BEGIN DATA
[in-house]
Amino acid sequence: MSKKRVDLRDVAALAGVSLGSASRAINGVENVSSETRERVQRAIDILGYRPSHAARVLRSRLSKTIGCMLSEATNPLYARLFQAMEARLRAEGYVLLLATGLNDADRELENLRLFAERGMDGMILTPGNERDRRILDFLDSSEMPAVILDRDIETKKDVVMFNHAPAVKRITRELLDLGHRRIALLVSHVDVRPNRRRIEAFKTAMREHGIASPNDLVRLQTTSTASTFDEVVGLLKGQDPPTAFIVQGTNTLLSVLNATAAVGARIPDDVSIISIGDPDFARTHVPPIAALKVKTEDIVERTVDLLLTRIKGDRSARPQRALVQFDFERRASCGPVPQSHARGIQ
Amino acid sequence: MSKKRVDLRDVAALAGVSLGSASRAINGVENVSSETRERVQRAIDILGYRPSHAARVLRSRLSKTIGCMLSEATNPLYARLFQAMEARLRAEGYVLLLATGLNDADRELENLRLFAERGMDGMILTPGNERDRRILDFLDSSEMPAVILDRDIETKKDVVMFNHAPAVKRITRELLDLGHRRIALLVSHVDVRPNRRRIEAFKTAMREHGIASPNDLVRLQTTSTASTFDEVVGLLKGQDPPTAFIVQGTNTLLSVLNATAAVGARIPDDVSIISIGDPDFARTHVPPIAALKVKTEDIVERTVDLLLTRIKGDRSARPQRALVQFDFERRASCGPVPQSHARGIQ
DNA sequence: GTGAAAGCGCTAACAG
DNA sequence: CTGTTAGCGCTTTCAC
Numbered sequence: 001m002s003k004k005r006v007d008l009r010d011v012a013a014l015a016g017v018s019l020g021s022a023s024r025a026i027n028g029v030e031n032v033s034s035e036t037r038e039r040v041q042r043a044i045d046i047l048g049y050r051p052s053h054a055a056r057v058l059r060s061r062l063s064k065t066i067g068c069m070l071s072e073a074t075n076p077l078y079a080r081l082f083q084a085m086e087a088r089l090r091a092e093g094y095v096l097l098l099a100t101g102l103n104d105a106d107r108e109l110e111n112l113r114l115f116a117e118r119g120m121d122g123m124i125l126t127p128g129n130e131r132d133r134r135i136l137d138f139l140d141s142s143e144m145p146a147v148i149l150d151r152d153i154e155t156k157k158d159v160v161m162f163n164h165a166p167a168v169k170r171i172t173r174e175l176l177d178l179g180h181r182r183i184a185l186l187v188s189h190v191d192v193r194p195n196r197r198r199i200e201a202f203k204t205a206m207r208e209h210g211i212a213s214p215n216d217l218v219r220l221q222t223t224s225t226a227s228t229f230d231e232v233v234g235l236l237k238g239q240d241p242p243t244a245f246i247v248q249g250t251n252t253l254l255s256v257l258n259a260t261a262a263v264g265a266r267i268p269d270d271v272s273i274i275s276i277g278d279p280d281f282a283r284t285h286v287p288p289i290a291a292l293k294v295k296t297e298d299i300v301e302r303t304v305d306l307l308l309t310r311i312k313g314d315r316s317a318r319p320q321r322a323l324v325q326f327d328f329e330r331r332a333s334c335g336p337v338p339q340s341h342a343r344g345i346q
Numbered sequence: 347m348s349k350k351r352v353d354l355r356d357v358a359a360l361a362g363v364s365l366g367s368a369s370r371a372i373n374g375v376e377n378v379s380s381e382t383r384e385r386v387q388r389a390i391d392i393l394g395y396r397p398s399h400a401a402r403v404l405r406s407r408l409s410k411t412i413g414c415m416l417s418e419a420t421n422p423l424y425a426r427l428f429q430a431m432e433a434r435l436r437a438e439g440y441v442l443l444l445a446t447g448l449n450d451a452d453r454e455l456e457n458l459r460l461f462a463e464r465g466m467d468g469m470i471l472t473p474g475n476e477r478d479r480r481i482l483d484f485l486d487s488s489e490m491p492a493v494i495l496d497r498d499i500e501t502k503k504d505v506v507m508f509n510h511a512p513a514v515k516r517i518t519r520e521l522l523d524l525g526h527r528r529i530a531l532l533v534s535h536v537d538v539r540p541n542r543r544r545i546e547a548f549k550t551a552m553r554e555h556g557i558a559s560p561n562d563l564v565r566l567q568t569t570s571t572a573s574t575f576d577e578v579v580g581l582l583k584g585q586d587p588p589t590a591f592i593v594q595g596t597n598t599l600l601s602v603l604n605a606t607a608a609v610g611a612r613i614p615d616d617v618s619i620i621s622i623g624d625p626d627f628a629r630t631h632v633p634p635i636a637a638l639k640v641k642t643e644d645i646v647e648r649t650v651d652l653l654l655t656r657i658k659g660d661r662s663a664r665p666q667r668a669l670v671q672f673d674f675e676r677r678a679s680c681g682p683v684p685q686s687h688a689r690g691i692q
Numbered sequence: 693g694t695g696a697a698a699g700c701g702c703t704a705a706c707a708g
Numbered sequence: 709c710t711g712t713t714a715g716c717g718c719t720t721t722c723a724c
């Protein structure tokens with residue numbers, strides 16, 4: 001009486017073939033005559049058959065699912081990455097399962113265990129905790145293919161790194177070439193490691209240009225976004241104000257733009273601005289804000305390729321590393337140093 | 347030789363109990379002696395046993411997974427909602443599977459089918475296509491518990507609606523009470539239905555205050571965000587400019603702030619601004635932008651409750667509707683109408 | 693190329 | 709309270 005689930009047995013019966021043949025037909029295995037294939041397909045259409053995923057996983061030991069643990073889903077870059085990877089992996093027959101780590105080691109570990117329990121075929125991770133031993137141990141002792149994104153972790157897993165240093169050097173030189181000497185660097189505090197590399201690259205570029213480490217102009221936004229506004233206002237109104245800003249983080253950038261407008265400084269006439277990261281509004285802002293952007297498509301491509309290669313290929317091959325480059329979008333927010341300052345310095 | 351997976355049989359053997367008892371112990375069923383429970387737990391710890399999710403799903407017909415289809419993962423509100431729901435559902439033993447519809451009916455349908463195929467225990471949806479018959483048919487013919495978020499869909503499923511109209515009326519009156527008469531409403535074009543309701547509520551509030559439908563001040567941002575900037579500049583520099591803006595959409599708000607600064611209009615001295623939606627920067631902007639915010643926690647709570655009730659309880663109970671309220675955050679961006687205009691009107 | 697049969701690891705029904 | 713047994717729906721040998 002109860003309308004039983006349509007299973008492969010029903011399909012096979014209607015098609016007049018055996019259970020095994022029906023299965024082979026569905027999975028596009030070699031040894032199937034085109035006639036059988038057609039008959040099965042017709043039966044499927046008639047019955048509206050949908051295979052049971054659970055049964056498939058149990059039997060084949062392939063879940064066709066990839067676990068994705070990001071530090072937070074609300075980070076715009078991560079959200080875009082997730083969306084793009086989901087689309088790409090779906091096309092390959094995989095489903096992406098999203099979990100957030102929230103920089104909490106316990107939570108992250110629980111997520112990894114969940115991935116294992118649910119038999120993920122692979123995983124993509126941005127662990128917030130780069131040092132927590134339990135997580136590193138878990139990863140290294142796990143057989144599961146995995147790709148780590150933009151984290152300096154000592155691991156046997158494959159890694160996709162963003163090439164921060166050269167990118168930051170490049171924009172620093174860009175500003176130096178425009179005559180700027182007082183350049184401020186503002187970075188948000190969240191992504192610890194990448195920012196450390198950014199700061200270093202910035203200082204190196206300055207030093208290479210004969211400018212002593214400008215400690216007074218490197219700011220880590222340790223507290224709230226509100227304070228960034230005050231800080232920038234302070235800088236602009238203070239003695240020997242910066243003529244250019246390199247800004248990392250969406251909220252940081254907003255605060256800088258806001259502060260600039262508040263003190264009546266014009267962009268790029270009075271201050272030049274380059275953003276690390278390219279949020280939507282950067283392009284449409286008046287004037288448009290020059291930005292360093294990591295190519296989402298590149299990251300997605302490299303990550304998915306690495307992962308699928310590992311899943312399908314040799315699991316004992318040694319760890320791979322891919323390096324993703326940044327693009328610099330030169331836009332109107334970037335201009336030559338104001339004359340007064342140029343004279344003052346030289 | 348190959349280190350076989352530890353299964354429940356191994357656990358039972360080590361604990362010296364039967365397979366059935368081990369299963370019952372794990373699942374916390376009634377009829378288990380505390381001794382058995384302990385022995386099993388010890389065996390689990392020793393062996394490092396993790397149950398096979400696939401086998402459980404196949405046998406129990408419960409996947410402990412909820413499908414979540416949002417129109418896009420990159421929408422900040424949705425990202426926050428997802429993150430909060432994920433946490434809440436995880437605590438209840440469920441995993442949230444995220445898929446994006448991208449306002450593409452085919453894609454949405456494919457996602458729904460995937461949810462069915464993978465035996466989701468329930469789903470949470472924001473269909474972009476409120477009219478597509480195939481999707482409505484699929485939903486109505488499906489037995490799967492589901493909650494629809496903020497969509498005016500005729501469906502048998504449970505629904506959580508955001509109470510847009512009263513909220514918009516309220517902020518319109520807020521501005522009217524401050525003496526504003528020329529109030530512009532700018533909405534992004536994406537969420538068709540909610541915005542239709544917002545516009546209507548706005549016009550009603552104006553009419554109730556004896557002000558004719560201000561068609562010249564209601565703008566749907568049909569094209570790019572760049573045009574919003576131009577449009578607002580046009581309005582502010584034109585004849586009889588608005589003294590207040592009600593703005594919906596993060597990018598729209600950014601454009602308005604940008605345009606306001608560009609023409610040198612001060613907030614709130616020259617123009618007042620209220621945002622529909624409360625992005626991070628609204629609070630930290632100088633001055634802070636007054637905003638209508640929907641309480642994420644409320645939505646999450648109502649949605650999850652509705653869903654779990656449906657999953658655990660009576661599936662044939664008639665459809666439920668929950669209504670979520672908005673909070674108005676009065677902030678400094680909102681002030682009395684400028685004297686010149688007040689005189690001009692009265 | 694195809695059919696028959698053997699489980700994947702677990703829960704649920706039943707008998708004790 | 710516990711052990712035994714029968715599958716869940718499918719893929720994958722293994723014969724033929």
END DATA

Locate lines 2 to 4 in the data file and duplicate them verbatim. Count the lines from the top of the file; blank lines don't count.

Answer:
Amino acid sequence: MSKKRVDLRDVAALAGVSLGSASRAINGVENVSSETRERVQRAIDILGYRPSHAARVLRSRLSKTIGCMLSEATNPLYARLFQAMEARLRAEGYVLLLATGLNDADRELENLRLFAERGMDGMILTPGNERDRRILDFLDSSEMPAVILDRDIETKKDVVMFNHAPAVKRITRELLDLGHRRIALLVSHVDVRPNRRRIEAFKTAMREHGIASPNDLVRLQTTSTASTFDEVVGLLKGQDPPTAFIVQGTNTLLSVLNATAAVGARIPDDVSIISIGDPDFARTHVPPIAALKVKTEDIVERTVDLLLTRIKGDRSARPQRALVQFDFERRASCGPVPQSHARGIQ
Amino acid sequence: MSKKRVDLRDVAALAGVSLGSASRAINGVENVSSETRERVQRAIDILGYRPSHAARVLRSRLSKTIGCMLSEATNPLYARLFQAMEARLRAEGYVLLLATGLNDADRELENLRLFAERGMDGMILTPGNERDRRILDFLDSSEMPAVILDRDIETKKDVVMFNHAPAVKRITRELLDLGHRRIALLVSHVDVRPNRRRIEAFKTAMREHGIASPNDLVRLQTTSTASTFDEVVGLLKGQDPPTAFIVQGTNTLLSVLNATAAVGARIPDDVSIISIGDPDFARTHVPPIAALKVKTEDIVERTVDLLLTRIKGDRSARPQRALVQFDFERRASCGPVPQSHARGIQ
DNA sequence: GTGAAAGCGCTAACAG